Conventional HUDs display virtual shapes and symbols that provide weather, navigational, and other information, collectively referred to as “symbology”- a collective term for aircraft position, altitude, a horizon line, heading & flight path, radar data, and airspeed, along with other data from the plane’s avionics and instrumentation.

The Federal Aviation Administration (FAA) now allows pilots to make landings in “no natural vision” (zero-visibility) situations as long as there is an aircraft HUD system or a helmet-mounted display (HMD) for the pilot.

BAE Systems Digital Striker Helmet-Mounted Display (HMD) System with Superior Tracking and Night Vision Capabilities | Business Wire
  • Increased Display area : The Boeing 787 dreamliner features two HUD display panels, one for the pilot and co-pilot respectively, Designed by Rockwell Collins, this is more than double the size of the display area as on the 777.
A Boeing 787 HUD | Reddit
  • Digital HUD displays : Aviation has come a long way from CRT displays to the more developed digital displays now. For instance, the US Air Force’s F-22 Raptor features an all-digital HUD which removes the CRT image source and instead uses Digital Light Engine (DLE) technology to implement a more advanced HUD that is placed immediately in front of the pilot’s line of sight.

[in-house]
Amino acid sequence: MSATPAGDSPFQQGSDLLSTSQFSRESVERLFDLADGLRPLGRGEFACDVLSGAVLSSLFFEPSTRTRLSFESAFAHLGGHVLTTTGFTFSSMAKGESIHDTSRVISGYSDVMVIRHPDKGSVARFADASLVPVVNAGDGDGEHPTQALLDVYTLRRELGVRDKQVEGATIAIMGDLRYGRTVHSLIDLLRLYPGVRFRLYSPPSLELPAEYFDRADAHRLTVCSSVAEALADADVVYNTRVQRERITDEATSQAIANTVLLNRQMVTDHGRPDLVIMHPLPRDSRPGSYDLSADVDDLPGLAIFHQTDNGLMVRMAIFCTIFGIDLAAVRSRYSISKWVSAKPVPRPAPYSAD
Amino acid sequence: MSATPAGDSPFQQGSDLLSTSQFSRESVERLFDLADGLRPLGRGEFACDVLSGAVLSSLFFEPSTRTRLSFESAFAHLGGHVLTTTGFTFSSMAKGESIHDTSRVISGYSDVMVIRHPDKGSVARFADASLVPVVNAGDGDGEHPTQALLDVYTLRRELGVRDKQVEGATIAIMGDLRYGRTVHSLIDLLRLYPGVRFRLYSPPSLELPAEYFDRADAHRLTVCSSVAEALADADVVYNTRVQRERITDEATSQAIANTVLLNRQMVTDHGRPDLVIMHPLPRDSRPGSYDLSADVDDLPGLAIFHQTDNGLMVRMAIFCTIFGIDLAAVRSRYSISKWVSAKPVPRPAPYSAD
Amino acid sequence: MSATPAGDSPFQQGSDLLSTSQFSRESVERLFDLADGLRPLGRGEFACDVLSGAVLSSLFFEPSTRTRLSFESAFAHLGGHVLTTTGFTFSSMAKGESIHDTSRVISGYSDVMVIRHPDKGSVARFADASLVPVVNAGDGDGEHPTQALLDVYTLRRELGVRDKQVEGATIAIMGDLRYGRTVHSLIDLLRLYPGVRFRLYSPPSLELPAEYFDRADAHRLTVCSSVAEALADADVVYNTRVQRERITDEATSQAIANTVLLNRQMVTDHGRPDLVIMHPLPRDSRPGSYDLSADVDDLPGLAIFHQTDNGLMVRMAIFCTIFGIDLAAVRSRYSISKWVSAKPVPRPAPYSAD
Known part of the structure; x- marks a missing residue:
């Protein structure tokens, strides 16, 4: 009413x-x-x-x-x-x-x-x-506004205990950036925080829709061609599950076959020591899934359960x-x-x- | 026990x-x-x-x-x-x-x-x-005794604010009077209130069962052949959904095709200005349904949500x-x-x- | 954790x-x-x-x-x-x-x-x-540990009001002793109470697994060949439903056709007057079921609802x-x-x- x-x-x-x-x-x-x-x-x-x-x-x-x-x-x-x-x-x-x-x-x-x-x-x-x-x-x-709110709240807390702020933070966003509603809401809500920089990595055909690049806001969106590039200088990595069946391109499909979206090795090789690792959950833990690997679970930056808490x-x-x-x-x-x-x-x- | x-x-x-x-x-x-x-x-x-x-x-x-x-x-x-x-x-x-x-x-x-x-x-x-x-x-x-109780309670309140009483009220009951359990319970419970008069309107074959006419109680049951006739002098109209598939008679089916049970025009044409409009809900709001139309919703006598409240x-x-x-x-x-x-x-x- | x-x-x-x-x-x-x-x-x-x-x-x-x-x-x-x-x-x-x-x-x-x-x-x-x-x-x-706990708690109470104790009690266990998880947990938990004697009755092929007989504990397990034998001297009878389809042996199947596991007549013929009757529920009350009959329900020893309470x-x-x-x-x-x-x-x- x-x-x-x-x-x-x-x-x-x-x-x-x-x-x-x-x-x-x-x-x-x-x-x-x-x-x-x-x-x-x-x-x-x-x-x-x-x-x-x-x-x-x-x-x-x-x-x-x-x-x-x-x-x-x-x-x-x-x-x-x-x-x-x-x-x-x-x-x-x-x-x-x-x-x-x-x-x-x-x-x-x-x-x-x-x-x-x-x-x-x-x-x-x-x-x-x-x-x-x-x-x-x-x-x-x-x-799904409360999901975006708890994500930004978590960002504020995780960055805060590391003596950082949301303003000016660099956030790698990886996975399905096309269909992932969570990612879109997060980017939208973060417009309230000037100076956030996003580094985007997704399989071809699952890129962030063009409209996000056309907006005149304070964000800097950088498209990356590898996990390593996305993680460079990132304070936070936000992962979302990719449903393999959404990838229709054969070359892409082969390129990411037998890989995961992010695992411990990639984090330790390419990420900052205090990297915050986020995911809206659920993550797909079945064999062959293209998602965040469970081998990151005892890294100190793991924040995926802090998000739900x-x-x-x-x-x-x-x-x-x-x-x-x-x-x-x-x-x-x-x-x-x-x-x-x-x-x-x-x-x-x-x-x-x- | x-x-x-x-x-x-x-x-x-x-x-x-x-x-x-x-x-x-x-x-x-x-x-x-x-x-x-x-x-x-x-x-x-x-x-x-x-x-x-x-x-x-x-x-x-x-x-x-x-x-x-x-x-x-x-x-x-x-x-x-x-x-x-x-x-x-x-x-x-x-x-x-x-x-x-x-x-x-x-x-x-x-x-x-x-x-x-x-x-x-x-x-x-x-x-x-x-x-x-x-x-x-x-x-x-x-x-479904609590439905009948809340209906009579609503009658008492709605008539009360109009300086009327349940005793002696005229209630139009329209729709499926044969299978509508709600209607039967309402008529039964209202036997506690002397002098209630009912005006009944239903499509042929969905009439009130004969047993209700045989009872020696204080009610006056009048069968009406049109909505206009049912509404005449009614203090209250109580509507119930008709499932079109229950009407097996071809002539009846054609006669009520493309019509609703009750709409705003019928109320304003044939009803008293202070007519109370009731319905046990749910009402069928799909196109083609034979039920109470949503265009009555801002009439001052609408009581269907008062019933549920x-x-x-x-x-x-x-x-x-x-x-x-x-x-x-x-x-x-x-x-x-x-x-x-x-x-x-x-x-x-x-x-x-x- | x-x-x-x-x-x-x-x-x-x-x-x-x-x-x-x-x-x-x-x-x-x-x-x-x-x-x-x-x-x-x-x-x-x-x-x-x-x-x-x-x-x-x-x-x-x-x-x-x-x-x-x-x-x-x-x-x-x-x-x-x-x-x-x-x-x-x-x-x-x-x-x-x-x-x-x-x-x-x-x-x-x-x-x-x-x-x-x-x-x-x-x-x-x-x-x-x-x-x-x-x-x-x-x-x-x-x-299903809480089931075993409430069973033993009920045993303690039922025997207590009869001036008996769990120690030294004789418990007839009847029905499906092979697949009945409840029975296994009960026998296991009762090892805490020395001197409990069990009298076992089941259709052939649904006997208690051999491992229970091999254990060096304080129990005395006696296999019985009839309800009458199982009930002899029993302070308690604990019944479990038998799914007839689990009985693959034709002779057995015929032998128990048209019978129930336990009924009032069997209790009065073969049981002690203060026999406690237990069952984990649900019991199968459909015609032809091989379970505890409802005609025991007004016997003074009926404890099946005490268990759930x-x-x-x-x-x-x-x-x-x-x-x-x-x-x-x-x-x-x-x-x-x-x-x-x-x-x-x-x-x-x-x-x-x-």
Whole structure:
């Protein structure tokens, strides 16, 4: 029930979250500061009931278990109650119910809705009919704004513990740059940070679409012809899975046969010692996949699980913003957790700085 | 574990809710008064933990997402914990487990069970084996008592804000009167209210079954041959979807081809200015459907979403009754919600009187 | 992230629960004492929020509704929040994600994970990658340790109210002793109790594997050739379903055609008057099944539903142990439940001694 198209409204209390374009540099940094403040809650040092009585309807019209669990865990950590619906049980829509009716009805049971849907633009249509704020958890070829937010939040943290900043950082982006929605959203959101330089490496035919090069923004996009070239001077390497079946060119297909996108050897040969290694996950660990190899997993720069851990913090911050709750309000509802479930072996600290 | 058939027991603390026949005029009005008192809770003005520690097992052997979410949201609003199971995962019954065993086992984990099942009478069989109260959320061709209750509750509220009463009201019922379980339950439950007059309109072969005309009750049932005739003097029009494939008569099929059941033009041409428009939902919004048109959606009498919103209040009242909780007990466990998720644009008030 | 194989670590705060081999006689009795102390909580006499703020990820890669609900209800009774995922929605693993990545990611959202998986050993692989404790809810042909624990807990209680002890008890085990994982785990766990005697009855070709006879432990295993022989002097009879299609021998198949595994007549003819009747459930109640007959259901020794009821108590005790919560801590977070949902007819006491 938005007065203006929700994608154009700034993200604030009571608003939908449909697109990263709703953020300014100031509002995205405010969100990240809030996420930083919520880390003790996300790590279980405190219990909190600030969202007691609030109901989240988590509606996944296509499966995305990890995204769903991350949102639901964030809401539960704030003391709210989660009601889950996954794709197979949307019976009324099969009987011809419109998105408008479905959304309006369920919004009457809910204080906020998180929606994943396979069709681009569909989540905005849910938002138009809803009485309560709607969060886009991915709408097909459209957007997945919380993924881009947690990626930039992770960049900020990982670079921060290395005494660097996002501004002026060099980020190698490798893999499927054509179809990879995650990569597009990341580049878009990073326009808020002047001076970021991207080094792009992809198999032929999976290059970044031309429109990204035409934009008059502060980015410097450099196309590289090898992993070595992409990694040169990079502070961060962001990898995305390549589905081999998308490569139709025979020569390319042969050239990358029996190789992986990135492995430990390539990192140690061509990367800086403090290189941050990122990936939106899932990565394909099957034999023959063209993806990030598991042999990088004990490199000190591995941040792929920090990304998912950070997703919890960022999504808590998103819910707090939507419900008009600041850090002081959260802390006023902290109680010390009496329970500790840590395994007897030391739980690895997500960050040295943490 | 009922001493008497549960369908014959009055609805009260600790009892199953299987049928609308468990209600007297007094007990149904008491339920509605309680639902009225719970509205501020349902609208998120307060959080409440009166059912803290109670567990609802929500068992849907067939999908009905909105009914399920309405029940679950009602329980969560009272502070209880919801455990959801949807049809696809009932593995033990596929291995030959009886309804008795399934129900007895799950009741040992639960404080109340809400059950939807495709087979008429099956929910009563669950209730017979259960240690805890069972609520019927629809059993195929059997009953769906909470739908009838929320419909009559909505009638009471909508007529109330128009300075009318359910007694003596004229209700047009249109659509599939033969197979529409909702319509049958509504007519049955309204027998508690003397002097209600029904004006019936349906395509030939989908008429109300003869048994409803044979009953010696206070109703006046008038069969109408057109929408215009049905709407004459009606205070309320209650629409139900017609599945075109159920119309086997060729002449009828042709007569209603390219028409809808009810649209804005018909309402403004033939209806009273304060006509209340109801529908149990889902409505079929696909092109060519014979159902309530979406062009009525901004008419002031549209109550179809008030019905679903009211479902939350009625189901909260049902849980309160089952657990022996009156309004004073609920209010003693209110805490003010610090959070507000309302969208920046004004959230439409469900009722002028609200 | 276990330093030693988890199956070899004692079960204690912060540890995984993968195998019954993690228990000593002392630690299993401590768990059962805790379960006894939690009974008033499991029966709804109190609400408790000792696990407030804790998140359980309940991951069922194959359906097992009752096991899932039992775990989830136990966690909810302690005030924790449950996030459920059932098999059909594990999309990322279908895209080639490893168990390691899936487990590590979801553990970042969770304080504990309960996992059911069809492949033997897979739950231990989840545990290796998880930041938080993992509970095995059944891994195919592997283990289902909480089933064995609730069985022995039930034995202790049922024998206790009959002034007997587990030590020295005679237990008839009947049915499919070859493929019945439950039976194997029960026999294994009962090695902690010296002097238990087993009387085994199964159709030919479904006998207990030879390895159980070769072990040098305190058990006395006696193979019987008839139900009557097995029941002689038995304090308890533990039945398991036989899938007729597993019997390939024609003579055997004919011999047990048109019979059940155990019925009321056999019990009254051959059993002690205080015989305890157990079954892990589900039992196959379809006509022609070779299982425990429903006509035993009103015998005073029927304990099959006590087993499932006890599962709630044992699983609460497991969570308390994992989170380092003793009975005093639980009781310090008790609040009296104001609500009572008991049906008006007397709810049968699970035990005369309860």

Digital Light Engine technology to illuminate F-22 Head-Up Display | baesystems
  • Synthetic and Enhanced Vision : Synthetic vision refers to the use of algorithms to generate 3D images of the environment whereas Enhanced vision systems incorporate information from various sensors on the aircraft (near-infrared cameras, millimeter wave radar) to provide more information to pilots in limited visibility environments. Millenium jets today, now feature HUDs which integrate both-synthetic and enhanced vision into one, like the ones featured on Embraer’s Praetor jets.
Praetor 500 and Praetor 600 cockpit | Representative | Skies Magazine

With the development of holographic optics and Augmented-Virtual Reality, it might not be far when they shall also be integrated into aviation HUDs soon enough.

Across both the automotive and aviation sectors, right now the design of large field-of-view head-up displays – which are increasingly required for augmented reality applications – is limited by the necessarily large size of the optical components

A research engineer from Thales explains

Quality standards and regulations

Owing to their critical significance in real-time flight situations, they need to adhere to several Advisory Circulars released by the FAA, some of which include:

1 AC-25-11B- Electronic Flight Displays

2. AC-90-106A- Enhanced Flight Vision Systems

3. AC-25_1329-1C- Approval of Flight Guidance Systems

4. AC-20-167A- Airworthiness Approval of Enhanced Vision System, Synthetic Vision System, Combined Vision System, and Enhanced Flight Vision System Equipment.

Rockwell Collins’ new EVS-3000 delivers unprecedented accuracy of outside terrain, hazards and obstacles in low-visibility conditions | Rotornation

The benefits of aircraft HUD systems cannot be understated and it is these advantages that have made the commercial aviation industry a key driver of growth in the HUD market – which is projected to reach USD 2.18 billion by 2024.